“Similarly, oil and gas firms operating in Brazil were awarded more points when tendering for contracts if they demonstrated commitment to purchasing higher shares of goods and services from local Brazilian suppliers. Specific local content targets were set for onshore projects (70%) and offshore projects in shallow (51%) or deep (37%) water.”
For Nigeria, Dangote stated that using backward integration was not just full of bed of roses as Nigerian businesses face major challenges in developing backward integration.
These according to him include difficulties in obtaining adequate and reliable energy and power supply; lengthy, costly and politically sensitive processes of gaining access to land; poor-quality transportation infrastructure; the high cost of capital; long lead times before backward integration efforts yield rewards; sensitivity to external shocks and unforeseen costs;
“Inconsistency of policy implementation; lack of inter-sectoral policy coordination; inadequacy of knowledge and skills in the workforce; and lack of foreign exchange. Most of these challenges relate to the poor quality of the overall business enabling environment, rather than due to local content policies.”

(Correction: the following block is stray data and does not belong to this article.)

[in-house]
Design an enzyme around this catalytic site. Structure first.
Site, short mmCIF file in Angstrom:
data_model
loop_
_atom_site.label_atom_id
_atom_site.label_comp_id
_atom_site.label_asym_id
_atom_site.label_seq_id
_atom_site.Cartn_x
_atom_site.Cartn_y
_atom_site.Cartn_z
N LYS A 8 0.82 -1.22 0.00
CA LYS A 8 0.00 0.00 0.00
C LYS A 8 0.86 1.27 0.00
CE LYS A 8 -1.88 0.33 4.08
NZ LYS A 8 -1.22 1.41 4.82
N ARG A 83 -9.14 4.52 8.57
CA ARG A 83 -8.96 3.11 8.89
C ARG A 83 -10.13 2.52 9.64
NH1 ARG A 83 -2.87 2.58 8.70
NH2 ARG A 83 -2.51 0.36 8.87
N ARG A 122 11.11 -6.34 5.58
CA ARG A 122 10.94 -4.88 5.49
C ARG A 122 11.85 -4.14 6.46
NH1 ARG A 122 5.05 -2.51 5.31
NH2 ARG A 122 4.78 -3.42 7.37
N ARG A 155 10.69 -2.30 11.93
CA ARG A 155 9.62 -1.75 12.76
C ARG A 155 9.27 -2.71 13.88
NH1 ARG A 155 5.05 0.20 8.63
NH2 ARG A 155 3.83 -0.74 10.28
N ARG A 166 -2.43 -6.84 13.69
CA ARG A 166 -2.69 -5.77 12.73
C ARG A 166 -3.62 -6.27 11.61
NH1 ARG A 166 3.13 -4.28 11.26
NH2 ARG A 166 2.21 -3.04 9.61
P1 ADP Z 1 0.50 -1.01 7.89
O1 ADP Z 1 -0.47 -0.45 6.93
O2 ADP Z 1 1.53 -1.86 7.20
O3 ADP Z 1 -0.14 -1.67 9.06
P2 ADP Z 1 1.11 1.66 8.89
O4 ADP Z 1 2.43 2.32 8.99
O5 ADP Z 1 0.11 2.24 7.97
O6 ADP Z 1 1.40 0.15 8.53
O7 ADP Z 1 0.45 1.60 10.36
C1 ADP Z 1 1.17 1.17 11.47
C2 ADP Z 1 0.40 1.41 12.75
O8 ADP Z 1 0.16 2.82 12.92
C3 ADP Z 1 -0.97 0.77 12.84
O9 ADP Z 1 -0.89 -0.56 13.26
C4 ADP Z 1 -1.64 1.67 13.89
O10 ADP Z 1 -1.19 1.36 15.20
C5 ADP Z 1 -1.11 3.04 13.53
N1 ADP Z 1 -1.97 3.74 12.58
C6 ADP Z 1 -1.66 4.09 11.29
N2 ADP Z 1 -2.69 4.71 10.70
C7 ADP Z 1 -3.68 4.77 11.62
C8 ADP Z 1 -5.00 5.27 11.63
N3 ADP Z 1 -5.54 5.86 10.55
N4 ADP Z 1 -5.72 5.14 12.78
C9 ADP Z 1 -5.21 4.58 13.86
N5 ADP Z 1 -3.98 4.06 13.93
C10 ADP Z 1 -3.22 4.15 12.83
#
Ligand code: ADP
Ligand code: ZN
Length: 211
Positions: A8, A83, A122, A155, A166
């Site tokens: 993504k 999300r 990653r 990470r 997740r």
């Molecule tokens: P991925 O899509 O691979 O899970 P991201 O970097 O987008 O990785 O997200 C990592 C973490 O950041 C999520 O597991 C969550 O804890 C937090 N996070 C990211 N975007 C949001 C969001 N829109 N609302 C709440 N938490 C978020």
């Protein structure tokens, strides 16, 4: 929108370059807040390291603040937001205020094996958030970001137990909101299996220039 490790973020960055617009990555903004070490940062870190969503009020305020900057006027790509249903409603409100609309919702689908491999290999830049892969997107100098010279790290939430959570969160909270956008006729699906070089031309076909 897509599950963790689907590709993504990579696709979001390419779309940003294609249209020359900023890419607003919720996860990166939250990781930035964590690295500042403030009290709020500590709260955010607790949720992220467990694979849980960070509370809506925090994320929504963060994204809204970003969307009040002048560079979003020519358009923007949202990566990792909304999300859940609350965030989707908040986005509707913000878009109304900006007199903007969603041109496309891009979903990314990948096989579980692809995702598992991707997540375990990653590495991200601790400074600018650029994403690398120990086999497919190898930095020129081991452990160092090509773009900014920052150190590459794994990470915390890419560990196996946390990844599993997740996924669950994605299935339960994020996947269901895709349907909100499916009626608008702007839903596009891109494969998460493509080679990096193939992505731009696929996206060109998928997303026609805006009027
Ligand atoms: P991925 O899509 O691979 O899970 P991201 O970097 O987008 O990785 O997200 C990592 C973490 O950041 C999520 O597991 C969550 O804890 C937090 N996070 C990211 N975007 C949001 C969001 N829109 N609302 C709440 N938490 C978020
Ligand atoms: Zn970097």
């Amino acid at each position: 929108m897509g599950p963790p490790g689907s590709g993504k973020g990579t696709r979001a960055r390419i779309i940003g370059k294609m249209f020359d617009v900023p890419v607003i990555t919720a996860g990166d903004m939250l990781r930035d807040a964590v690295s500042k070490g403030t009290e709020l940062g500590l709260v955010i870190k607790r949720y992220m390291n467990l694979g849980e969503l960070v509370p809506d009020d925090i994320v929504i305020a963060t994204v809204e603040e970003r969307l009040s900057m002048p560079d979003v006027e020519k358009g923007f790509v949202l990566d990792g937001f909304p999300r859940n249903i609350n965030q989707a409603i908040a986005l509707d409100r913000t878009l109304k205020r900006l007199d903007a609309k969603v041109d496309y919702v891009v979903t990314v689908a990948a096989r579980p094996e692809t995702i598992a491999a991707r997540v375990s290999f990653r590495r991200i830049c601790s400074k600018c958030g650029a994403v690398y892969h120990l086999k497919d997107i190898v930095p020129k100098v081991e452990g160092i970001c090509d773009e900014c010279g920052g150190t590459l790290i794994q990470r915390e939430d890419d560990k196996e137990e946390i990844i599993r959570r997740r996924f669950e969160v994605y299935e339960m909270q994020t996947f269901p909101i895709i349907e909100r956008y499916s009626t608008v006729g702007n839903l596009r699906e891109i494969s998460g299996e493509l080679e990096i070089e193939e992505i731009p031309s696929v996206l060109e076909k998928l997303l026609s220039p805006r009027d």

Nevertheless, he argued that the policy had helped Nigeria in the cement sector pointing out that as at 2002 before the backward integration policy “local installed cement production capacity was about 3 million metric tons per annum (while actual production was under 2 million metric tons). Cement demand was approximately 9 million metric tonnes per annum and the supply gap was filled by cement imports. Imported cement accounted for over 70% of local cement consumption.